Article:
Walker expected to be able to start an injury rehab assignment in two more weeks if he continues to progress. He was throwing on the side Tuesday for the first time in two weeks, and planned to skip the trip to Milwaukee next week so he could get more pool time. He's trying everything he can, including having his children kiss his knee for good luck.

He's overwhelmed by the number of injuries the Cubs have had to deal with.

"It's a miracle we have the record we do," Walker said. "Last year, we were two games away from making the playoffs and we had 10 guys out. We've got four or five guys down now and a few hanging by a thread. You just hope that everybody can hold it together and it's still April."

Numbers game: Since 1995, when Hawkins made his debut, closers have had a 48.74 percent success rate in one-run situations, according to STATS Inc. Hawkins' numbers are not included in that total. He has a 47.73 percent rate in one-run situations in his career (21-for-44), so the right-hander is not far off the average.

Hawkins actually is above the norm in other situations. He has a career 85.71 percent rate in two-run save situations, and a 90.91 percent rate in three-run situations. According to STATS Inc., all other pitchers had a 73.22 percent rate of success in two-run situations, while pitchers had a 90.06 percent rate of success in three-run situations.

Mr. 300: Greg Maddux and Roger Clemens could square off Friday in Houston, which would be a matchup of two 300-game winners. The last time two 300-game winners started against each other in a game was August 4, 1987, when California's Don Sutton faced Minnesota's Steve Carlton.

From June 28, 1986, to August 4, 1987, Sutton had four starts against 300-game winners: two against Phil Niekro and one each against Carlton and Tom Seaver.

The 2004 season was the first time there were two 300-game winners in the National League at the same time since 1893, when Cleveland's John Clarkson and Philadelphia's Tim Keefe were still active.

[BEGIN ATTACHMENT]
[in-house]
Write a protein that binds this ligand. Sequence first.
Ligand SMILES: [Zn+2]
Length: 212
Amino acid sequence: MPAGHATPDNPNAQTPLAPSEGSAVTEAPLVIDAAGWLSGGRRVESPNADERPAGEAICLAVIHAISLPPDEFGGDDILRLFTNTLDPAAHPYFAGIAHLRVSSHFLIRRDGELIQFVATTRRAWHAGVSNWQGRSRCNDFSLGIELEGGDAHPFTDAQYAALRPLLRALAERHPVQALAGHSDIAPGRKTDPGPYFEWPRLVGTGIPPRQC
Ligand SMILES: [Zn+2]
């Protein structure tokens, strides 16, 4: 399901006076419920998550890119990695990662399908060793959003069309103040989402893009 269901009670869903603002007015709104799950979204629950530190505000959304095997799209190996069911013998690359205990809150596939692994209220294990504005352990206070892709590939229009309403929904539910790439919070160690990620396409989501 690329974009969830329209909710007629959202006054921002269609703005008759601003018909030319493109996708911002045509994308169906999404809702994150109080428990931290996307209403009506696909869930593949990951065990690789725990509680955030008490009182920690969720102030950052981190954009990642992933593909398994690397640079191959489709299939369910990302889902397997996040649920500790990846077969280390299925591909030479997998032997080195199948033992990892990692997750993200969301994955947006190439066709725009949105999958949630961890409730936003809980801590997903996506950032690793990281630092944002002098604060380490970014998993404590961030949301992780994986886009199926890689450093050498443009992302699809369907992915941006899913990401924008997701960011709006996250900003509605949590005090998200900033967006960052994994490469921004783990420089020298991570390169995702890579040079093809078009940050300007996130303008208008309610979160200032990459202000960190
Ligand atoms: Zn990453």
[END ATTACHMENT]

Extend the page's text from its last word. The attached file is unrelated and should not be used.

There were four 300-game winners in the National League in 1891 and 1892. The last time 300-game winners started against each other in a National League game was in July 1892 when Keefe and St. Louis' Jim "Pud" Galvin faced off twice. They played in St. Louis on July 4 (St. Louis won 9-2) and on July 21 in Philadelphia (the Phillies won 2-0). Clarkson faced off against Keefe a couple times in 1892 -- but those were before he won his 300th game that season.

Minor matters: Todd Wellemeyer gave up three runs on six hits over 4 1/3 innings for Triple-A Iowa on Monday. He walked six and struck out three. David Kelton went 2-for-4 with two RBIs. Iowa lost, 5-4, to Nashville. ... Felix Pie was 3-for-5 with a double, triple and two RBIs for Double-A West Tenn in a 6-2 win over Huntsville. Brandon Sing was 2-for-5 with a double. ... Ryan Harvey was 2-for-4 with a home run and four RBIs for Class A Peoria in a 9-0 win over West Michigan in the first game of a doubleheader. Peoria lost the second game, 4-3.

On deck: Ryan Dempster better set his alarm clock. He will close the series on Wednesday, and it's back to day baseball at Wrigley Field. Dempster has lasted six innings in each of his last three starts.

Carrie Muskat is a reporter for MLB.com. This story was not subject to the approval of Major League Baseball or its clubs.